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The National Portrait Gallery acknowledges the Traditional Custodians of Country throughout Australia and recognises the continuing connection to lands, waters and communities. We pay our respect to Aboriginal and Torres Strait Islander cultures and to Elders both past and present.

Aboriginal and Torres Strait Islander viewers are warned that this website contains images of deceased persons.

William John Wills, 2nd. In command of the Victorian Expedition, 1860

Henry Samuel Sadd

mezzotint on paper (sheet: 49.0 cm x 38.0 cm, image: 31.5 cm x 25.5 cm)

More images of this artwork

William John Wills (1834–1861), explorer, had started studying medicine in London before coming to Victoria in 1853. With his brother, Wills worked as a shepherd and then went to Ballarat to assist in his father’s medical practice. He later studied surveying, becoming an assistant at Georg von Neumayer’s astronomical and magnetic observatories in Melbourne. Neumayer, a member of the Royal Society of Victoria’s Expedition Committee, encouraged Wills to join the expedition to the Gulf; he was duly appointed its surveyor, astronomer and third-in-command. Wills became Burke’s lieutenant when clashes with the expedition leader resulted in the resignation of the man initially appointed to the post. A skilled bushman and navigator, Wills was modest, loyal, serious and self- disciplined and some have suggested that the expedition would not have ended so disastrously had Wills been more forthright in challenging Burke’s decisions. Despite the awful trials of the expedition’s final months, Wills continued to record meteorological and other observations in his diary up until the last. In late May 1861 Wills recorded: ‘We are trying to live the best way we can, like the blacks, but find it hard work.’ Wills was later left in camp while Burke and King went to find Aboriginal people to help them obtain food; he wrote his last letter on 29 June, reporting to his father that ‘spirits are excellent’, despite anticipating being able to survive only another four or five days. King, having left Burke dead, returned to find Wills in the same condition. His body was buried by a search party on 18 September 1861, but later his remains were returned to Melbourne and he was accorded a public funeral with Burke in January 1863.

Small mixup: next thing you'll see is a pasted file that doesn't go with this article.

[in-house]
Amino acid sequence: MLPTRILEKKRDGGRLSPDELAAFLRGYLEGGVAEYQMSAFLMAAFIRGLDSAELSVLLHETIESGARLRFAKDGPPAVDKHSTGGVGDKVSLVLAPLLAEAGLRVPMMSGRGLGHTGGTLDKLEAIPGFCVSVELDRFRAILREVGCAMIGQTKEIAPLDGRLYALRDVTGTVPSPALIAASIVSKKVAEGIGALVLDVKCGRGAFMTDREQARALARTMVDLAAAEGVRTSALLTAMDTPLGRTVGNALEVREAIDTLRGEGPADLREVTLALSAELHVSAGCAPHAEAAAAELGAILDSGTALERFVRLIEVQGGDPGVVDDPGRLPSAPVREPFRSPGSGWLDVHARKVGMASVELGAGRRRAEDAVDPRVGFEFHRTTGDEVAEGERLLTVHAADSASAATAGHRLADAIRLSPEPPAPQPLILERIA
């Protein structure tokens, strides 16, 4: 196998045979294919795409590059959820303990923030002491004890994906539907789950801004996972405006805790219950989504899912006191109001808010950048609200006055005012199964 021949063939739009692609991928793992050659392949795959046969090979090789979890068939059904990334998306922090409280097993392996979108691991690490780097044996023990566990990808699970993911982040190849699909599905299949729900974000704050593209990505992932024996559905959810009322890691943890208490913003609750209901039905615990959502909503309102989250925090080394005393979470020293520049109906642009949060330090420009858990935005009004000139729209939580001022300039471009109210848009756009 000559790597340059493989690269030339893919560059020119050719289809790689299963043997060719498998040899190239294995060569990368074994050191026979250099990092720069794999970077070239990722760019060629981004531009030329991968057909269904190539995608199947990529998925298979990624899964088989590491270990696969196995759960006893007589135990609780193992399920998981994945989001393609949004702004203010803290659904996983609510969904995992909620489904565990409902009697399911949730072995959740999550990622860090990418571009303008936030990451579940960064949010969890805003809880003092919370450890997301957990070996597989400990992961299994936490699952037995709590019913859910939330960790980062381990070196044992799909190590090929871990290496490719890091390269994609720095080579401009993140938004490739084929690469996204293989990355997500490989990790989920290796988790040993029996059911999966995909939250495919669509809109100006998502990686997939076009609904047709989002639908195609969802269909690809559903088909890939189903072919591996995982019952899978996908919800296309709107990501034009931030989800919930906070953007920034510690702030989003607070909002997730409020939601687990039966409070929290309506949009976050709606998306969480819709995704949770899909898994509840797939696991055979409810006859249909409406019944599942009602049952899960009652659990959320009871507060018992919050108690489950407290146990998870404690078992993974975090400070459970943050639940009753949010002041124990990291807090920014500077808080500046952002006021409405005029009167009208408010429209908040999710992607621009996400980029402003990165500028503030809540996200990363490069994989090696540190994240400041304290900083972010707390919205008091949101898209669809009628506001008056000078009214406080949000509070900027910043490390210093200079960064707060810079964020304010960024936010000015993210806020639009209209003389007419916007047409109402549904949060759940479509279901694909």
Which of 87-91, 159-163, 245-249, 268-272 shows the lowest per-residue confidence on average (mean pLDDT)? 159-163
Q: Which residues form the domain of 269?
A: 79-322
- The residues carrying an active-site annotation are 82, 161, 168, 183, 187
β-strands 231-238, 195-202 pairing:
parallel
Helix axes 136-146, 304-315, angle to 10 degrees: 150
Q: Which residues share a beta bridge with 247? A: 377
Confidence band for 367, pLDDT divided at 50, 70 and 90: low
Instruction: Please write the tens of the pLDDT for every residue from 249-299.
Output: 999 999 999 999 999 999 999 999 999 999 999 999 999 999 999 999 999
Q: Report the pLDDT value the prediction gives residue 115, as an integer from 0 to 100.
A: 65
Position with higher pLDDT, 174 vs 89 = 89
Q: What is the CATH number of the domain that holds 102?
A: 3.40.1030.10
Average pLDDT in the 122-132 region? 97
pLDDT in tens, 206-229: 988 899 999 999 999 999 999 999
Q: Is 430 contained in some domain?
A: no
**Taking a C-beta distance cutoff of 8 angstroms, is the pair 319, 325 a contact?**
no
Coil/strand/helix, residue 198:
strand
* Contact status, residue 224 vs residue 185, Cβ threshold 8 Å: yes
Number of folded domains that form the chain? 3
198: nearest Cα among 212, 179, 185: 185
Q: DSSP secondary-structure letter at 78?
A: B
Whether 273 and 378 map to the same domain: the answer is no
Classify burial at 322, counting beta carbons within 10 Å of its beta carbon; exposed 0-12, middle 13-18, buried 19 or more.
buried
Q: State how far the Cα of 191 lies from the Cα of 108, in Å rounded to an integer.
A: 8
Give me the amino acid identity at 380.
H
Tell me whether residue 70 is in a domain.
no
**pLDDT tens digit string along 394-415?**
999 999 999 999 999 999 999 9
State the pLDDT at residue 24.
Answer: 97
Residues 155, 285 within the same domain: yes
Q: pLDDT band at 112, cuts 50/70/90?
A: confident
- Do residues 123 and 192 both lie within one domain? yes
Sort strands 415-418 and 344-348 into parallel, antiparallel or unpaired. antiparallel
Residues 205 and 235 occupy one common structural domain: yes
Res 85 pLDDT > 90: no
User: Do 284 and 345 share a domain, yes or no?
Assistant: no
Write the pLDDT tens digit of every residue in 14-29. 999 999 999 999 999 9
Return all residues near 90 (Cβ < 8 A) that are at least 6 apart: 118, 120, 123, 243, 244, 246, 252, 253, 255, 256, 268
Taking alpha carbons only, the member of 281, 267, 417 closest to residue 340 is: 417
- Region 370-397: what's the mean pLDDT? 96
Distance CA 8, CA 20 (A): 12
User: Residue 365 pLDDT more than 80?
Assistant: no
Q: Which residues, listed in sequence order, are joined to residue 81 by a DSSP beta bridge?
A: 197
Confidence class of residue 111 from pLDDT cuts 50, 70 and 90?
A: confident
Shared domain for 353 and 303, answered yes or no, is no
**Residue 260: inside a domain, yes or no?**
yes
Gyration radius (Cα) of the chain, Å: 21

Henry Samuel Sadd (1811–1893) arrived in Australia in 1853 and worked in Sydney for a time before relocating to Melbourne. Sadd became known for his mezzotint portraits of governors, clergymen and other public figures, exhibiting his work at the Victorian Exhibition of Art in 1856 and with the Victorian Society of Fine Arts in 1857. Many of Sadd’s portraits were taken from photographs: these mezzotints of Burke and Wills are based on ambrotypes taken by Thomas Adams Hill in Melbourne in 1860. Though Sadd’s work was much admired he, like many other artists, suffered from photography’s increasing popularity as a medium for portraiture. He died in St Kilda in 1893.

Collection: National Portrait Gallery
Purchased with funds provided by
Ross A Field 2007

Accession number: 2007.46.2

Currently not on display

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Artist and subject

Henry Samuel Sadd (age 49 in 1860)

William John Wills (age 26 in 1860)

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On one level The Companion talks about the most famous and frontline Australians, but on another it tells us about ourselves: who we read, who we watch, who we listen to, who we cheer for, who we aspire to be, and who we'll never forget. The Companion is available to buy online and in the Portrait Gallery Store.

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The National Portrait Gallery acknowledges the Traditional Custodians of Country throughout Australia and recognises the continuing connection to lands, waters and communities. We pay our respect to Aboriginal and Torres Strait Islander cultures and to Elders both past and present.

Aboriginal and Torres Strait Islander viewers are warned that this website contains images of deceased persons.